Sustainable design traditionally has focused on lowering the negative impact of building construction on the environment and reducing carbon footprint. But recently the dialogue has begun to shift as designers and building owners consider energy production rather than just energy conservation to achieve sustainable outcomes. This new approach assumes a Zero-Plus strategy based on five sustainable metrics—energy, carbon, water, waste and materials.

This Zero-Plus approach encourages us to give back rather than just consume less, and higher education projects are proving to be a perfect opportunity to implement Zero-Plus design. College campuses are often incubators for research, innovation and new technology that feed into the educational process and job training. New construction—whether a single academic building or an entire campus master plan—allows design teams, college administrators, students and faculty to shape the sustainable future of the learning environment.

Design Process

Designing a Zero-Plus campus begins with an integrated design team that assumes sustainability is integral to any building project. This integrated process gathers diverse groups of architecture, engineering and design professionals with contractors, building owners and users to form multidisciplinary “component teams” based on building systems. Through integrated visioning sessions, component teams identify shared needs and goals. Teams then work in smaller groups, researching and developing ideas specific to their assignment, then reassemble periodically at integration events to share progress and keep each team member fully informed of how different building components relate to the entire project.

Each metric within a Zero-Plus strategy has a clear target integral to the whole:

  • Zero-Plus Energy focuses on setting stretch targets for energy efficiency and conservation by looking at how energy can be reduced while researching how energy can also be generated and reclaimed.
  • Zero-Plus Carbon tracks carbon emissions, reduces energy consumption and improves energy sources and onsite production. Going forward, there is potential to achieve carbon neutral design and have a positive impact on air quality.
  • Zero-Plus Water identifies a sustainable water plan that includes onsite water capture and water recycling systems together with changes in water use.
  • Zero-Plus Waste follows nature’s closed-loop system by viewing waste as a resource, keeping construction waste out of landfills and reusing the resources.
  • Zero-Plus Materials again looks to nature, mimicking organic forms through architectural biomimicry to reduce energy consumption and produce energy.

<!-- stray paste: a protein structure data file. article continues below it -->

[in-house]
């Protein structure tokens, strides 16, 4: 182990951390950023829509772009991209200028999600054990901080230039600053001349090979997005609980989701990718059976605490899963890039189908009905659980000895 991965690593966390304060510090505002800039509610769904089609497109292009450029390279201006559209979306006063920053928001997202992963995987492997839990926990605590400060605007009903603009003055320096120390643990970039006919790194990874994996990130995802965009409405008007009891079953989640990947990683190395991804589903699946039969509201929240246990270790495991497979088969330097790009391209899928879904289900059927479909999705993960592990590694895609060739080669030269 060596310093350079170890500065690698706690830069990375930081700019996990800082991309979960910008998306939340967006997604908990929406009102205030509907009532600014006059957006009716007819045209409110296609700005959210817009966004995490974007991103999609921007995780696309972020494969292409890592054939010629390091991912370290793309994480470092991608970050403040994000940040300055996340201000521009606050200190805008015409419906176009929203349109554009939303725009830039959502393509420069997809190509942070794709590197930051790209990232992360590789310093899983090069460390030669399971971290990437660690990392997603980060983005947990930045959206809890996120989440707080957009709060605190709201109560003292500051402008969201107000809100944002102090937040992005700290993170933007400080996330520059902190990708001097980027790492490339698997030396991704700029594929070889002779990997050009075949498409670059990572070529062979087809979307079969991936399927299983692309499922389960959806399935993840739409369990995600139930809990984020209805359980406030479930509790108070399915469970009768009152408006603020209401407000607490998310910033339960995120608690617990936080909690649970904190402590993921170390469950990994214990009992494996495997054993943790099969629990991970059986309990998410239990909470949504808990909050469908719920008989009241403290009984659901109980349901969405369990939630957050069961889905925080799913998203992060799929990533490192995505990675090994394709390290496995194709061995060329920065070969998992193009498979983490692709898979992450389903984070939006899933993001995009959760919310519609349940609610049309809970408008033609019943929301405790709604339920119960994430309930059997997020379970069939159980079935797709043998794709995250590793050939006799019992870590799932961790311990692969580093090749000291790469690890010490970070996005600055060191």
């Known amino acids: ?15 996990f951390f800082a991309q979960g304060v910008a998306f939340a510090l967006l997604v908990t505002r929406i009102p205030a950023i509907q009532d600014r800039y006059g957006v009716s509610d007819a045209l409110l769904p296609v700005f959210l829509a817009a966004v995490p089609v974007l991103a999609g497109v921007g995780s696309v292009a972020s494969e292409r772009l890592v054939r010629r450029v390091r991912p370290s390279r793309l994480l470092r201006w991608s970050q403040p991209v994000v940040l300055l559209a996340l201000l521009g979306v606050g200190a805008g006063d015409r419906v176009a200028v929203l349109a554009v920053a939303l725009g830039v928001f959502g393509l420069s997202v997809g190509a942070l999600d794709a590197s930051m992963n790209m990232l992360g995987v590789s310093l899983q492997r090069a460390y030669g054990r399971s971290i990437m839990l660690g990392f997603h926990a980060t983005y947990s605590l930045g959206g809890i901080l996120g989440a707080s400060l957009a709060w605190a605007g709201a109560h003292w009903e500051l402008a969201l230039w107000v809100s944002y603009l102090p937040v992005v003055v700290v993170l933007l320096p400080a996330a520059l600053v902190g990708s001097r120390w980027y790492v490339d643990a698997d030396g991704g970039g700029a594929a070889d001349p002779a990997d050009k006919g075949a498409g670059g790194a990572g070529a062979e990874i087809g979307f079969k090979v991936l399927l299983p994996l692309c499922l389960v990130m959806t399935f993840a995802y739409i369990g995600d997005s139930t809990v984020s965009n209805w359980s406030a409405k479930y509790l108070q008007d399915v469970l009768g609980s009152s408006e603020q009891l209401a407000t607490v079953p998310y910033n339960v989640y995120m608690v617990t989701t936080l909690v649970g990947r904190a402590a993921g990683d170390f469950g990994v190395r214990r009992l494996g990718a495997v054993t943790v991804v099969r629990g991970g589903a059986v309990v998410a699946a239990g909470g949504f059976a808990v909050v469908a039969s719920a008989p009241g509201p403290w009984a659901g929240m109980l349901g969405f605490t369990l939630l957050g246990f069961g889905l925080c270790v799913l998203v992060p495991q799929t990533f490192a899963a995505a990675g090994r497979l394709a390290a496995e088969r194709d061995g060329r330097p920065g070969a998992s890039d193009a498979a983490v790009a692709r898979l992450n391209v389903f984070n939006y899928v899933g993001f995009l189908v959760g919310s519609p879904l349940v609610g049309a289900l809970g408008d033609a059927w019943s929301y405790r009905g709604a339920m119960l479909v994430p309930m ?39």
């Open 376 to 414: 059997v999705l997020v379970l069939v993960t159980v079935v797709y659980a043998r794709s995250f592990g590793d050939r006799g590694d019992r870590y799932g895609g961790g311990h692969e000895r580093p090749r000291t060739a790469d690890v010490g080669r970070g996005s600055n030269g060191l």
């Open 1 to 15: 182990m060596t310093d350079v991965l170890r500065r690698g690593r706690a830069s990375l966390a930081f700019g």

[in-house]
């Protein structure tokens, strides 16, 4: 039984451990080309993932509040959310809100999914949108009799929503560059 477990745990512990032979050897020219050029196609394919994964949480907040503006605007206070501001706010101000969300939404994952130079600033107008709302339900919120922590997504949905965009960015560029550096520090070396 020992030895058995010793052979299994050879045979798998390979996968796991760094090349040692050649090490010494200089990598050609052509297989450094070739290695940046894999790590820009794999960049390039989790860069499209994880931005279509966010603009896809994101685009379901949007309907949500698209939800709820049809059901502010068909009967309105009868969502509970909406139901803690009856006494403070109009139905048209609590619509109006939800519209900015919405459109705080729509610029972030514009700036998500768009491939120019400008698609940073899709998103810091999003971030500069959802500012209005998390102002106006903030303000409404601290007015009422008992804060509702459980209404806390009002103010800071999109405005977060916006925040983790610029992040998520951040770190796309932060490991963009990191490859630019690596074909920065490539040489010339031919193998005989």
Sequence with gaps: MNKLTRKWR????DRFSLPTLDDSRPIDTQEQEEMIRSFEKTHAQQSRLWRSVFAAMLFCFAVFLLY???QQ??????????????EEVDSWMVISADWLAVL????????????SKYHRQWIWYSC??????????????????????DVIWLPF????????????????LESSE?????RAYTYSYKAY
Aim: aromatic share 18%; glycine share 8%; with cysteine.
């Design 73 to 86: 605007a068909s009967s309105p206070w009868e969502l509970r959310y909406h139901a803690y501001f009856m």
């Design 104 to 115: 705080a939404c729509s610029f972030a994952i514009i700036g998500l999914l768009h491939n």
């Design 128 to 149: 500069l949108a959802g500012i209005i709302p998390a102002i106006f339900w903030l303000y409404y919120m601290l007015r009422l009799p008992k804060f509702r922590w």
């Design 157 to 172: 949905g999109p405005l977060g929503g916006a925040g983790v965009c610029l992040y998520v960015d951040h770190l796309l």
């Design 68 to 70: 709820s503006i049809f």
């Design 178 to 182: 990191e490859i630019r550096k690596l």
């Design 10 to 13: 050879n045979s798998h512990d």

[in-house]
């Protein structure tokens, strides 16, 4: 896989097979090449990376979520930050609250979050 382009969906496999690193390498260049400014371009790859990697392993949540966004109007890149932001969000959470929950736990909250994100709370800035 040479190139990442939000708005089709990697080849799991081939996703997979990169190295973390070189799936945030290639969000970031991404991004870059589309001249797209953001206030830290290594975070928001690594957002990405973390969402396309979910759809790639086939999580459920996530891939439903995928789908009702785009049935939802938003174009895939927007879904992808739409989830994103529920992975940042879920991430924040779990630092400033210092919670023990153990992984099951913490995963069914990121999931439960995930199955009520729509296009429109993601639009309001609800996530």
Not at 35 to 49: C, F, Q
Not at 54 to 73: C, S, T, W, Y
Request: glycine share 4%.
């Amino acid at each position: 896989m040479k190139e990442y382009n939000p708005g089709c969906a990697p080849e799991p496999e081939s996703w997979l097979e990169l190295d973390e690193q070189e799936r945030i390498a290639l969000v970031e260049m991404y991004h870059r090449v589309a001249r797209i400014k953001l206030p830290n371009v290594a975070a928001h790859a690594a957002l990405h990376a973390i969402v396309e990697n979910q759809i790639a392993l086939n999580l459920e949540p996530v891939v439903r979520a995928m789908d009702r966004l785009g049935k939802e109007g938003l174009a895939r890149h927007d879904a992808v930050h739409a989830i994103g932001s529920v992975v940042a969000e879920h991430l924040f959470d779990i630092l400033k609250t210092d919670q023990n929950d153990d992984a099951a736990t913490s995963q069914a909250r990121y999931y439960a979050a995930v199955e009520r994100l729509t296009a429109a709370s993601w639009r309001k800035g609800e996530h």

Applying Zero-Plus to Higher Education

Two recent academic projects in Southern California are establishing new benchmarks for Zero-Plus planning. Each project is putting sustainable design on display, providing students and faculty with a sustainable dashboard that becomes a real-time tool for resource efficiency, energy production and healthy living. More than just an academic exercise, the campuses are demonstrating how Zero-Plus design is integral to daily living and well-being.


Los Angeles Harbor College

First let’s look at Los Angeles Harbor College Science Complex, opening in fall 2013. Targeting LEED Platinum, the 73,767-square-foot, steel-frame complex houses the college’s Physical Science and Life Science departments within a three-story laboratory wing and two-story classroom wing connected by open-air bridges.

The complex achieves Zero-Plus goals through photovoltaic panels integrated with the campus PV systems, rainwater management, water usage reduction, energy production, restorative design incorporating natural ventilation, abundant daylight and connections to the outdoors to help unburden the building’s energy loads.

The design is a living system inspired by nature and mimics living biological organisms—the building essentially puts science on display.

Lecture halls, for instance, are sunken into the earth to allow thermal massing to reduce cooling loads—similar to how insects regulate the temperature of their living environment. The form responds to sun and wind with open spaces and courts. The canopy of integrated solar panels provides the same kind of shade that a canopy of trees does while the panels’ top surface converts the sun’s power into electricity—similar to a plant photosynthesis process that gives energy to plant life and produces oxygen.

Additionally, the building responds to changing weather conditions with building systems linked together. When outside air is ideal for natural ventilation, green lights indicate to users they can open the windows. The ventilation system knows the windows are open and responds accordingly to reduce energy use. Similarly, an advanced daylighting control system monitors indoor lighting use.

The façade’s visual is based on an application of a DNA pattern and uses an exterior paint that mimics the natural water and dirt-repellant properties of a Lotus leaf.